Timo Toikko is a Principal Lecturer in Social Services at the Seinäjoki University of Applied Sciences (and Adjunct Professor in Social Work at the University of Jyväskylä). He received his Ph.D in 2001 and has later authored books on the history of Finnish Social Work, the methodology of research oriented development, and the current development directions of social care services. Over the last ten years, he has been following discussions on service user involvement in Finnish Social Services.
Helga Þórólfsdóttir has many years experience working as a humanitarian aid professional in armed conflicts. She worked for the International Committee of the Red Cross in Somalia in 1993 and then in Liberia, Georgia, Bosnia-Herzegovina, Tajikistan and Uganda.
Helga is a Rotary Peace Scholar (2003-2005) and as such she earned her MA and M.Phil. degrees in Peace Studies and Conflict Resolution from the University of Bradford, UK. Helga has a BSc degree in Social Work from the University of Lund, Sweden.
After her fieldwork in 2001, Helga became the Director of the International Department of the Icelandic Red Cross. Helga left her position at the Red Cross 2008, to work independendly and to undertake PhD studies at the University of Iceland where she focuses on humanitarian interventions.
As a part of her PhD project Helga worked as a Gender Adviser in The Norwegian led Provincial Reconstruction Team in Northern Afghanistan, July 2009 – May 2010 .
Currently Helga is in charge of the Gender and Security Module at the The Gender Equality Studies and Training Programme (GEST). This Programme is a joint project between the University of Iceland and the Ministry for Foreign Affairs. It invites women and men from conflict/post-conflict societies for a 3-6 month intensive academic training course on gender equality. Helga also works as independent consultant for Icelands ministry of Foreign Affairs, specializing in humanitarian actions in conflict zones, civil-military cooperation and women, peace and security.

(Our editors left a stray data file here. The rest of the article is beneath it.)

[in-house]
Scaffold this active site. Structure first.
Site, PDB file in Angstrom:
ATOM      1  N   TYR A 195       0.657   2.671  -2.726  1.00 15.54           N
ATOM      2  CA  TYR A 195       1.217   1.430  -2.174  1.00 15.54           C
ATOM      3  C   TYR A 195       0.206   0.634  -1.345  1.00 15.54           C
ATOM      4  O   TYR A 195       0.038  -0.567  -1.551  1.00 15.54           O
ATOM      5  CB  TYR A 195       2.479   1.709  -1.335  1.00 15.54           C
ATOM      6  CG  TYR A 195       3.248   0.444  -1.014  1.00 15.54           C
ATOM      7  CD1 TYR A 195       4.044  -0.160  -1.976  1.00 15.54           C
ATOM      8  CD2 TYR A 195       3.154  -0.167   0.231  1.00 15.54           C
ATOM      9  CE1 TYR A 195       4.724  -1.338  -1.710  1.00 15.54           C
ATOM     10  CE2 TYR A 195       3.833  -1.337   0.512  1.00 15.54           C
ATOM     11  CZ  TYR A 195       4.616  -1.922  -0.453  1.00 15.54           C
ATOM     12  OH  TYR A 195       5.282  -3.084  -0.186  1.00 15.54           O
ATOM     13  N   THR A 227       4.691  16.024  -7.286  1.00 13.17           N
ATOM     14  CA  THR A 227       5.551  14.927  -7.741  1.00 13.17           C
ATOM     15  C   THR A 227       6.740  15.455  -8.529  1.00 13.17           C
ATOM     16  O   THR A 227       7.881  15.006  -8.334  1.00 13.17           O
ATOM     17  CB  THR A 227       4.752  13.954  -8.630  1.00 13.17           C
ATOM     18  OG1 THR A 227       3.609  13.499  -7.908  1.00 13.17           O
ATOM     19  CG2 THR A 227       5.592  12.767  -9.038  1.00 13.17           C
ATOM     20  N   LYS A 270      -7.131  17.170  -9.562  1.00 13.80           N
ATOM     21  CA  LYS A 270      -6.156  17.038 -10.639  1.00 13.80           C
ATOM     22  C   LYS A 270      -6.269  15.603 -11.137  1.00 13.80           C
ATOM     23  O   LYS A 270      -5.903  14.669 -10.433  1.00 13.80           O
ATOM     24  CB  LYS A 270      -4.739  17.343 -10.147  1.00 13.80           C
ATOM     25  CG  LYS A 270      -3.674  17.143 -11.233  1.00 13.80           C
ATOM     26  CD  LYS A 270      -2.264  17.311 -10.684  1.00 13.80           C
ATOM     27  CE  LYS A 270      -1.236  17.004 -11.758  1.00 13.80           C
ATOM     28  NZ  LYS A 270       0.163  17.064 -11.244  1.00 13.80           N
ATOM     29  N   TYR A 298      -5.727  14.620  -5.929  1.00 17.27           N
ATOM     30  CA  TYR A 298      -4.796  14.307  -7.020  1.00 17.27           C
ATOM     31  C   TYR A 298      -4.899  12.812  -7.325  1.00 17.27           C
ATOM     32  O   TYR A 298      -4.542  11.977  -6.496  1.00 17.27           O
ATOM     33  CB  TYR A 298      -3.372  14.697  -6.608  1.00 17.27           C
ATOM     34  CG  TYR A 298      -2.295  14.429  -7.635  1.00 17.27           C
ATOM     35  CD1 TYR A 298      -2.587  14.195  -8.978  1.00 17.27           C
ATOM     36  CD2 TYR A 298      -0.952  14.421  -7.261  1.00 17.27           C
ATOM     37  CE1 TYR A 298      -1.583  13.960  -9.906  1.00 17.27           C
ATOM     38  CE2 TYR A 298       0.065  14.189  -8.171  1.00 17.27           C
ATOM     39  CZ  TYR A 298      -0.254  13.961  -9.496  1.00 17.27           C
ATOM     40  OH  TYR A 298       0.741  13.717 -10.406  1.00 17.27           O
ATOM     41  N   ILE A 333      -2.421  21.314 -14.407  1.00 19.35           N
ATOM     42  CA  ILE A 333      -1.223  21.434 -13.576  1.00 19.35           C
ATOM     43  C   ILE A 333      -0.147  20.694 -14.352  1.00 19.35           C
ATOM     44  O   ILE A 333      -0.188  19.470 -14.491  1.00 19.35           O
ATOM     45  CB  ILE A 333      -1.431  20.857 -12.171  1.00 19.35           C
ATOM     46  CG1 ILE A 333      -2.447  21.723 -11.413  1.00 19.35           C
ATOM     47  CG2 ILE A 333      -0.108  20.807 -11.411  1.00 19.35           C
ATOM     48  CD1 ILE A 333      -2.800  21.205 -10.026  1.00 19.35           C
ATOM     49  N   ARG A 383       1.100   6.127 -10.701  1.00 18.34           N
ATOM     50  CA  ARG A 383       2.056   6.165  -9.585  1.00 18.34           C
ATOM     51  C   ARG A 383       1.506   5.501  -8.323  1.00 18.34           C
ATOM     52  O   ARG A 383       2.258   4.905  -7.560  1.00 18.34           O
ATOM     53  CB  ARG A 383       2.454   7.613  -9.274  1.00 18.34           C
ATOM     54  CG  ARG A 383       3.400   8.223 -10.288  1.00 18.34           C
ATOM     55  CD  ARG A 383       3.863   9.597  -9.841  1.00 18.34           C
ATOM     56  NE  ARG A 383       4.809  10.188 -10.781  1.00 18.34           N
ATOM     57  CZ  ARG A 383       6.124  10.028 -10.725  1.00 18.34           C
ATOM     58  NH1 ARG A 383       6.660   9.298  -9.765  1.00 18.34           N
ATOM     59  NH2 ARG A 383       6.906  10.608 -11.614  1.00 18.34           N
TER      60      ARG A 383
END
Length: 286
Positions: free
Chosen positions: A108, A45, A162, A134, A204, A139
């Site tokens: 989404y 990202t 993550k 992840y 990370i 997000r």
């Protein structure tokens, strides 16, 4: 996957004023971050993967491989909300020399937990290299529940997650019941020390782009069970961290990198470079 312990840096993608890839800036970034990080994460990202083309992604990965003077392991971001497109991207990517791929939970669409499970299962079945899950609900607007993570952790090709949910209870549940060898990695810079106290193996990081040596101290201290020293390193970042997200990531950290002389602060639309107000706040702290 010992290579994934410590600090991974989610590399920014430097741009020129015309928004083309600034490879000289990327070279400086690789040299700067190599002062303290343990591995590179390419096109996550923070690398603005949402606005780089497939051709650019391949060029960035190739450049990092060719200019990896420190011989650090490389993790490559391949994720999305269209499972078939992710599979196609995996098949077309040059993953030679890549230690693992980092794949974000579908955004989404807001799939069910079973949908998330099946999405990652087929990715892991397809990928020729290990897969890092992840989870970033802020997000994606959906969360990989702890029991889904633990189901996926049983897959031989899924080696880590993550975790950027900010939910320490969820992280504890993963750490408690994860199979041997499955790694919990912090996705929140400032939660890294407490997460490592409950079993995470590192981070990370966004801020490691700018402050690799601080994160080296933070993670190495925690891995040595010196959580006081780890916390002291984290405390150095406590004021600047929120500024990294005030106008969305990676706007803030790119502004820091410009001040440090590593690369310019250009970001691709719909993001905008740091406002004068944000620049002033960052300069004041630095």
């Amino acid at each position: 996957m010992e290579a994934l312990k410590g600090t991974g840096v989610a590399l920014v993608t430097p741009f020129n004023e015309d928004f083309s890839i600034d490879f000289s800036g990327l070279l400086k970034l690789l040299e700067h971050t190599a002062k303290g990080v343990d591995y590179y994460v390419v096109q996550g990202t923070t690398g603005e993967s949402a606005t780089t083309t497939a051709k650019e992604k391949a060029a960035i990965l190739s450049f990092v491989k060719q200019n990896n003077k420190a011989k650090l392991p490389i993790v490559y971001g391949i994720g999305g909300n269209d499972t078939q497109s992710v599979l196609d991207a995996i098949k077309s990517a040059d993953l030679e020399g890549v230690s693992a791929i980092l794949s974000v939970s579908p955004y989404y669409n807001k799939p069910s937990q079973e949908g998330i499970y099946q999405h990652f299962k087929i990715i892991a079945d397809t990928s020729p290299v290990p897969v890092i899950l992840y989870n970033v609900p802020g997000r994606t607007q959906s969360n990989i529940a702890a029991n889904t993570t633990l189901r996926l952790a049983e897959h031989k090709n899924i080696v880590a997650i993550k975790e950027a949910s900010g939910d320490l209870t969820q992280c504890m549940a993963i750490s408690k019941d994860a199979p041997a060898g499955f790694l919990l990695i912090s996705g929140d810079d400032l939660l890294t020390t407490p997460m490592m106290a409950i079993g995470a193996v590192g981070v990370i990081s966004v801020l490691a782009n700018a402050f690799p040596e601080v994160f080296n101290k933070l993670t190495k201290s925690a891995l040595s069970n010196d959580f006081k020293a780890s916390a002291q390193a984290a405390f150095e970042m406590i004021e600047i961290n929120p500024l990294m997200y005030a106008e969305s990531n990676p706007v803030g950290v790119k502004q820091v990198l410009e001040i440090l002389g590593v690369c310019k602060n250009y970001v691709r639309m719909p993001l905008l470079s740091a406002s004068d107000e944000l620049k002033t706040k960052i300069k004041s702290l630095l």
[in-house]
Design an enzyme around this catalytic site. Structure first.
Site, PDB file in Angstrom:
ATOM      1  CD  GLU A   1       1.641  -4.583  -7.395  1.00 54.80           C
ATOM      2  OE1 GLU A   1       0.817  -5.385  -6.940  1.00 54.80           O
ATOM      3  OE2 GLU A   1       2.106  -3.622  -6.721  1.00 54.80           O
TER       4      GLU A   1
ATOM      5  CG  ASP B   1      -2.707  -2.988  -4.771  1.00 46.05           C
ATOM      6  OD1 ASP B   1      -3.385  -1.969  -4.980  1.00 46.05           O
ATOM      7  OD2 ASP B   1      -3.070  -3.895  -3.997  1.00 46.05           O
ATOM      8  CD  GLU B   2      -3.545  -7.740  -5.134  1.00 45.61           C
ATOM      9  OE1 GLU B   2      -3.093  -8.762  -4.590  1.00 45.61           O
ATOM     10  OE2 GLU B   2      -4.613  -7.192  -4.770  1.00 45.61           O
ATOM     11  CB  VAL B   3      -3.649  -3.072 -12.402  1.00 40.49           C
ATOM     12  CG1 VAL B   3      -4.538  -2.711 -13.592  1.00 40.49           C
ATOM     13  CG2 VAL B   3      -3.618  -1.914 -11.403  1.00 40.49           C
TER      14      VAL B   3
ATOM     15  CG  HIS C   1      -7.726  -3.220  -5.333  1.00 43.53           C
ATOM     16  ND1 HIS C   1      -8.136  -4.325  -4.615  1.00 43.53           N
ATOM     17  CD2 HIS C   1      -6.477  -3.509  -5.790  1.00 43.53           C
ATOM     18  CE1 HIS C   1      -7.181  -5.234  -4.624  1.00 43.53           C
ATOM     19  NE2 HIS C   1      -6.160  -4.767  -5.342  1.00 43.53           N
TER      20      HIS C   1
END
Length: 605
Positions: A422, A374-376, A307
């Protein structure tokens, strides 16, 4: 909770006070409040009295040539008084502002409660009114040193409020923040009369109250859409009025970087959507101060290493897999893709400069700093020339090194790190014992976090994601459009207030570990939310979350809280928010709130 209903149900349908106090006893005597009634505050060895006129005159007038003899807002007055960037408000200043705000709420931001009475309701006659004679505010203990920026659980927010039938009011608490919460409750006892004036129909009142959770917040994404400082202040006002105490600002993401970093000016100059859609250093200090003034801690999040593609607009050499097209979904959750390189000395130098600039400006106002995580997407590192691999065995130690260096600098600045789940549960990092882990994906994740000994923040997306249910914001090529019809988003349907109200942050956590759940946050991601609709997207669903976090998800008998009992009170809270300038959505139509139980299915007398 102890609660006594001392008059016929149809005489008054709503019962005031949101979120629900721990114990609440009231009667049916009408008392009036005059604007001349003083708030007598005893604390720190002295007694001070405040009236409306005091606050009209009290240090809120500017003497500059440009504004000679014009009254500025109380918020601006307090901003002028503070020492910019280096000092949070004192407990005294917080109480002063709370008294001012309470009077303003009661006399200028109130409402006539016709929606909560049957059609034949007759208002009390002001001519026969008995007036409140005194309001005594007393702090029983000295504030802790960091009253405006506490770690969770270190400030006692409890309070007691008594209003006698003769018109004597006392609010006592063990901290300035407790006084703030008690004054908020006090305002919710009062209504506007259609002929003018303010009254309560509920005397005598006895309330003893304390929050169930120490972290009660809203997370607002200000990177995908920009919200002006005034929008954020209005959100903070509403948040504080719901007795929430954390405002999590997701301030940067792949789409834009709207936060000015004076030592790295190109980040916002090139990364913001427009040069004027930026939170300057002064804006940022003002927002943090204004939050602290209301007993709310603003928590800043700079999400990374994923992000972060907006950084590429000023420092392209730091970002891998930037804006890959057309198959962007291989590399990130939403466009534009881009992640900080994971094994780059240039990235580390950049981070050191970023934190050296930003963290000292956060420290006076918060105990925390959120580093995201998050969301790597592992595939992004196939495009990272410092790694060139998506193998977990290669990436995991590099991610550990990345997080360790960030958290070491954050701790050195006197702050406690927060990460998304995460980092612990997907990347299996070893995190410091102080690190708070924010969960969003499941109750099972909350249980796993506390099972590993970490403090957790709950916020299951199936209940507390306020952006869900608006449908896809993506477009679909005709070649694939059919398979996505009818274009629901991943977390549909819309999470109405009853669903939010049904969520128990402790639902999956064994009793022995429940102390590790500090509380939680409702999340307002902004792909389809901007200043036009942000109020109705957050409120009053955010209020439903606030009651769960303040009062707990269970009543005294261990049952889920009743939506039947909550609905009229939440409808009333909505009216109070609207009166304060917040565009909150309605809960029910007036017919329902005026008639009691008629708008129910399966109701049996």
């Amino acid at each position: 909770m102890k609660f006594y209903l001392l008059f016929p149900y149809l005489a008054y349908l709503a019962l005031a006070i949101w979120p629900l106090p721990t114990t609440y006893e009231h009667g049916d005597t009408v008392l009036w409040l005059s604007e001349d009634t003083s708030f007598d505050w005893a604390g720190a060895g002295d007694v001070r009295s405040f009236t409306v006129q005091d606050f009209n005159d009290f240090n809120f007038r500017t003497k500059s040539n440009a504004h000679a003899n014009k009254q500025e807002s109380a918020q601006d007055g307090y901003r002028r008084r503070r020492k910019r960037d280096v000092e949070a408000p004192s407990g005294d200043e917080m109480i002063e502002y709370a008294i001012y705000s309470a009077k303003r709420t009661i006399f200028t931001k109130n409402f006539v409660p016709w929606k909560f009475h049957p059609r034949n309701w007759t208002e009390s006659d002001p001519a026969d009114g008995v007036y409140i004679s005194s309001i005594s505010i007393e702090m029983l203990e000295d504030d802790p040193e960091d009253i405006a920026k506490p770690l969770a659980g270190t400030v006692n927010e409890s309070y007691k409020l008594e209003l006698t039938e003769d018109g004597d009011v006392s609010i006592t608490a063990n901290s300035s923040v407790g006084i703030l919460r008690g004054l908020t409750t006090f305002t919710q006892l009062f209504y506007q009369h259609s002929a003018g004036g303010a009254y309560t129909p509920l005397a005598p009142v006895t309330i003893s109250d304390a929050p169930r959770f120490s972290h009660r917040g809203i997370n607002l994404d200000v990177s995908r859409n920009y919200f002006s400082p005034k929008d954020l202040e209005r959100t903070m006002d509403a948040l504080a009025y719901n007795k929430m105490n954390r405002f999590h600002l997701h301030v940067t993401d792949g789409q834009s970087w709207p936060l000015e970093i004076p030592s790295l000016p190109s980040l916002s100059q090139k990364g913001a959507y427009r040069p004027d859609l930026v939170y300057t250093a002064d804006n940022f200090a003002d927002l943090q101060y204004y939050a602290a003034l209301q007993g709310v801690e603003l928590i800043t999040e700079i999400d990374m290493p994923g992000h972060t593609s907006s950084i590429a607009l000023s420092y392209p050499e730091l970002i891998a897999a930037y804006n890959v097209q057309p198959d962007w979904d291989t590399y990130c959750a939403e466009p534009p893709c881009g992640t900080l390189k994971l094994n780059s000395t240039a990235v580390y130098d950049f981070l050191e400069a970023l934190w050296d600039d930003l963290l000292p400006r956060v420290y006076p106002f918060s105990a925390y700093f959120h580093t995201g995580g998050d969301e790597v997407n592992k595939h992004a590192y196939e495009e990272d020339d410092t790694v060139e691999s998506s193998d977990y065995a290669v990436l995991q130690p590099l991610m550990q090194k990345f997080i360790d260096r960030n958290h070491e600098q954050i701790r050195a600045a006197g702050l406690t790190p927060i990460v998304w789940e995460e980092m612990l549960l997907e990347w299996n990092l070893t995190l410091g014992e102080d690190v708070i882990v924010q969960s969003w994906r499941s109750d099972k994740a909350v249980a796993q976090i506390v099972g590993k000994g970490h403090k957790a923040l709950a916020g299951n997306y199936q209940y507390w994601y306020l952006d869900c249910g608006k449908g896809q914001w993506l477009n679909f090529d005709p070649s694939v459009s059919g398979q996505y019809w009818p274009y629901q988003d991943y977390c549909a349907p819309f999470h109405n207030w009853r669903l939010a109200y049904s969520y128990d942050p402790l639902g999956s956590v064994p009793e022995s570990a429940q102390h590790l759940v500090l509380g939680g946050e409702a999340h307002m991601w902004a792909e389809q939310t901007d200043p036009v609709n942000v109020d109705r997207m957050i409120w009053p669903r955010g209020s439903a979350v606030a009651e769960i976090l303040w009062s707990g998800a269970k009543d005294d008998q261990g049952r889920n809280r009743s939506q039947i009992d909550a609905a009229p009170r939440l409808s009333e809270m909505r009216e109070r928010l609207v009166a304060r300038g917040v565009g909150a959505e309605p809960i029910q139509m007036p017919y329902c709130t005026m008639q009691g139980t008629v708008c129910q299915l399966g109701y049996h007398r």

The choice of Venke Aarethun was to sacrifice herself for the civilian population of Palestine, and a life during war, with lack of food, wounded people and children. She worked several periods as a nurse in Shatila in the eighties, when they where under siege. Venke travels to Palestine and Lebanon several times a year. During her close to thirty years of work for the Palestinian cause she has held hundreds of lectures all over Norway and she has brought the Plaestinean cause in media, television, radio and newspapers. Here voice and face is connected to the Palestinians, she used to be called “Palestina Venke” In 2008 the journalist Gunnar Hybertsen from the Norwegian broad casting published the book “Witness” which is a biography of Aarethuns life and her work as an aid worker for the Palestinians. Venke Aarethun works as senior advisor at St Olav University Hospital in Trondheim, Norway. She is a member of the Psychiatric Emergency team and has participated in emergency relief operations. Since 2004 she has worked in suicide prevention work in the health region Central - Norway. Aarethun was leading the psychosocial work with survivors and families of the deceased after the Utøya massacre.
Aila-Leena Matthies is a Professor of Social Work at the University of Jyväskylä. At the second campus of the university, in Kokkola University Consortium Chydenius, she is the head of the unit offering Social Work education at BA- and MA-levels in an Adult Education model. It means that students are already in working life and gain their SW qualification as part time students in a distance learning model, which is unique in Finland. She co-coordinates a thematic sub-group of the national doctoral school of social work and social services (SosNet). She is also involved in the INDOSOW. She has coordinated several ERASMUS projects as well as European comparative research projects. Her research interests are addressing citizens’ participation, marginalisation and community-oriented services. Her main theoretical contributions are directed to the eco-social approach and sustainability in social work. She also worked more than ten year as professor of social work at the University of Applied Sciences in Magdeburg, Germany. In 2011 her team organized the NBSW Summer School in Kokkola.